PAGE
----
Padres demote struggling catcher Nick Hundley, call up Yasmani Grandal

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The Padres exhibited patience with Nick Hundley in hopes that he would find his way out of his season-long funk. However, after last night’s game, they finally decided to make a change.

Hundley, who signed a three-year, $9 million extension with the Padres in March, is headed to Triple-A Tucson. Top prospect catcher Yasmani Grandal is on his way up.

Hundley clearly wasn’t happy with the team’s decision, but told Chris Jenkins of the San Diego Union-Tribune that he knows he has work to do.

“Obviously, it’s not my choice,” said Hundley,visibly jarred by the news. “It’s not the road you want to travel, but it’s not always going to be perfect. I want to be here. I feel very fortunate to be here.

“I have to take a step back and get it right, because it hasn’t been right this year. I can’t stand here and deny it. And I appreciate the fact that they were still throwing me out there when I wasn’t playing well.”

Hundley has struggled to stay healthy during his career, but he hinted at a breakthrough last season by hitting .288 with nine home runs and an .824 OPS in 82 games. The 28-year-old has managed to avoid the disabled list this year, but he’s hitting just .166/.226/.259 with three homers and a .485 OPS across 213 plate appearances.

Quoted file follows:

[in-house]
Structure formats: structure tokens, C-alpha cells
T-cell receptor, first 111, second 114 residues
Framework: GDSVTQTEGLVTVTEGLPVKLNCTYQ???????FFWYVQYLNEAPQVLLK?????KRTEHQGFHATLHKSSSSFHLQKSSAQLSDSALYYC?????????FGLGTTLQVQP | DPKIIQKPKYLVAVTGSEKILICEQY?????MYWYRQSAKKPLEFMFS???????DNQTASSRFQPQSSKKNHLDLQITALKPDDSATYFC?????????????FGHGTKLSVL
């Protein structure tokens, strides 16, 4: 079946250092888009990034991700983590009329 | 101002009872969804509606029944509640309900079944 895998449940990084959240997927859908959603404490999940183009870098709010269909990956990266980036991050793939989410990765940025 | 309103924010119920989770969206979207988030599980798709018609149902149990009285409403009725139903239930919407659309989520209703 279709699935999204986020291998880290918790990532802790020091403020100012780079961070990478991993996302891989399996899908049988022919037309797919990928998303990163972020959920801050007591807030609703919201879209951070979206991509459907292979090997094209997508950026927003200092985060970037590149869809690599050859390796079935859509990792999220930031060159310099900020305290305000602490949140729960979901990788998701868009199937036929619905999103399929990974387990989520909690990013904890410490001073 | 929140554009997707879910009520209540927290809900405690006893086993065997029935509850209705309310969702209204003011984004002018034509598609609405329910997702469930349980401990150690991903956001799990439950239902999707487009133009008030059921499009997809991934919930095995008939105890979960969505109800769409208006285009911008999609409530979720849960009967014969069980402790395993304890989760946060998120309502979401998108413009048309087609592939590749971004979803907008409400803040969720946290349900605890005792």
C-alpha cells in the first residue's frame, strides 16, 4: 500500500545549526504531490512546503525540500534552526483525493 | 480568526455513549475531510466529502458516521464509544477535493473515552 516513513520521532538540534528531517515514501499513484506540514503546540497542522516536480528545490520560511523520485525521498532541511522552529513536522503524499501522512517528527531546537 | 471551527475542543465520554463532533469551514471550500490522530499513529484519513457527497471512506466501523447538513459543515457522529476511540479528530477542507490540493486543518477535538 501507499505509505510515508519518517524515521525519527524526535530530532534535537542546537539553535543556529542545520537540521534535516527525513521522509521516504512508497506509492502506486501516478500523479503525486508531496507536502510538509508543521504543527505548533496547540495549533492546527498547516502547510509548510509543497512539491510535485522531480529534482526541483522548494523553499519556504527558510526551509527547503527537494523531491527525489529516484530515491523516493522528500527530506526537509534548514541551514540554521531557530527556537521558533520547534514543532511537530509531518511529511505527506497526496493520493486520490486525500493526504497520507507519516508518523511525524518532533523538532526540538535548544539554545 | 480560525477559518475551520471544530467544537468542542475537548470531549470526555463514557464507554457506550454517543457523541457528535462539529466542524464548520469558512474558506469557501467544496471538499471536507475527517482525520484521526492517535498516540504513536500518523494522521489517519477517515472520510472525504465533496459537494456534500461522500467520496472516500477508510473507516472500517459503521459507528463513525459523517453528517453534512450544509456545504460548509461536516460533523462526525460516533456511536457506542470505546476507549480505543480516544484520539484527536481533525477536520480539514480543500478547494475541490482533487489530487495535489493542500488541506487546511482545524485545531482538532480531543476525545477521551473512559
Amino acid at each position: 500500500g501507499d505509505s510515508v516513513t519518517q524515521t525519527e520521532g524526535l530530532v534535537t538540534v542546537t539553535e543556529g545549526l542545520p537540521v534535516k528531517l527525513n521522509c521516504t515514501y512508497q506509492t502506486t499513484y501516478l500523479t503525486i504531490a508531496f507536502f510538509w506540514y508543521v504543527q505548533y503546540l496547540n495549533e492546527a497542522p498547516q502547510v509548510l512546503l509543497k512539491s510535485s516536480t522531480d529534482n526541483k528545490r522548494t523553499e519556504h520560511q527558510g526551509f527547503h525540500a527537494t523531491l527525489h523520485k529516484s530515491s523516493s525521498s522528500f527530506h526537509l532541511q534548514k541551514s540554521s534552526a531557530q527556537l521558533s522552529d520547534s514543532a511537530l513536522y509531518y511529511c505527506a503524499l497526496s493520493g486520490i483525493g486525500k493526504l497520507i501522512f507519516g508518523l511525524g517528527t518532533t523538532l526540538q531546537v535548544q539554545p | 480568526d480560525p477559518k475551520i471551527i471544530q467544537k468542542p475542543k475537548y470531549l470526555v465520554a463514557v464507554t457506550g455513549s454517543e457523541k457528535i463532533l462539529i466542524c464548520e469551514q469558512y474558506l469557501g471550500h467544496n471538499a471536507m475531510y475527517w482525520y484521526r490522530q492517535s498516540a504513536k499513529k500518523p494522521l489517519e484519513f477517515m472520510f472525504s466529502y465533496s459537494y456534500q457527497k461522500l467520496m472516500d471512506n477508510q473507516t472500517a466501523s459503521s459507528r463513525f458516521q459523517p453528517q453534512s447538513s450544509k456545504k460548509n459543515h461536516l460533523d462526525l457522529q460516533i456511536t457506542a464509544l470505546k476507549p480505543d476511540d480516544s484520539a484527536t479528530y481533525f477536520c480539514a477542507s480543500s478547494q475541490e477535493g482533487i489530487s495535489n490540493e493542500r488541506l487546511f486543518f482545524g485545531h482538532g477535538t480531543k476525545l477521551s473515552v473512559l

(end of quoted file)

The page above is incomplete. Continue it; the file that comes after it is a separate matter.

Grandal had a brief stint in the majors earlier this month, but he’ll get his first extended look at playing time now that Hundley will work through his struggles in the minors. Acquired from the Reds over the winter in the Mat Latos deal, the 23-year-old is hitting .335/.443/.521 with six homers, 35 RBI and a .963 OPS in 56 games at the Triple-A level this year.

Miguel Sano gained weight this offseason

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Not all players coming in to spring training are in The Best Shapes of Their Lives. Some have put on a few pounds, such as Miguel Sano, notes Twins GM Thad Levine:

Sano has been given medical clearance to engage in all baseball workouts with his teammates, his surgically reinforced left shin now completely healed, though the Twins intend to lighten his schedule to prevent any new injuries.

They’d like to lighten something else, too: His “generous carriage,” as General Manager Thad Levine delicately put it last week. Sano’s conditioning understandably lags, after a winter largely spent incapacitated by the surgery.

Sano’s conditioning has often been a topic of conversation among the members of the Minnesota press corps, though not always in good faith. For example, last year when Sano injured his shin by fouling a ball off of it, one member of the The Fourth Estate found a way to make a column out of blaming the freak injury on Sano’s conditioning. At least in this instance his colleague is correctly noting that the poor conditioning is a result of the injury and not the cause.

Still, it’s just another issue facing Sano this spring. He’s out of shape, coming off of an injury, and — not that he’s due any sympathy for it — he’s facing a likely suspension arising out of the allegations of sexual assault leveled against him late last year.

So this spring we’ll be seeing more of Sano, it seems. At least until that time we’ll be seeing less of him.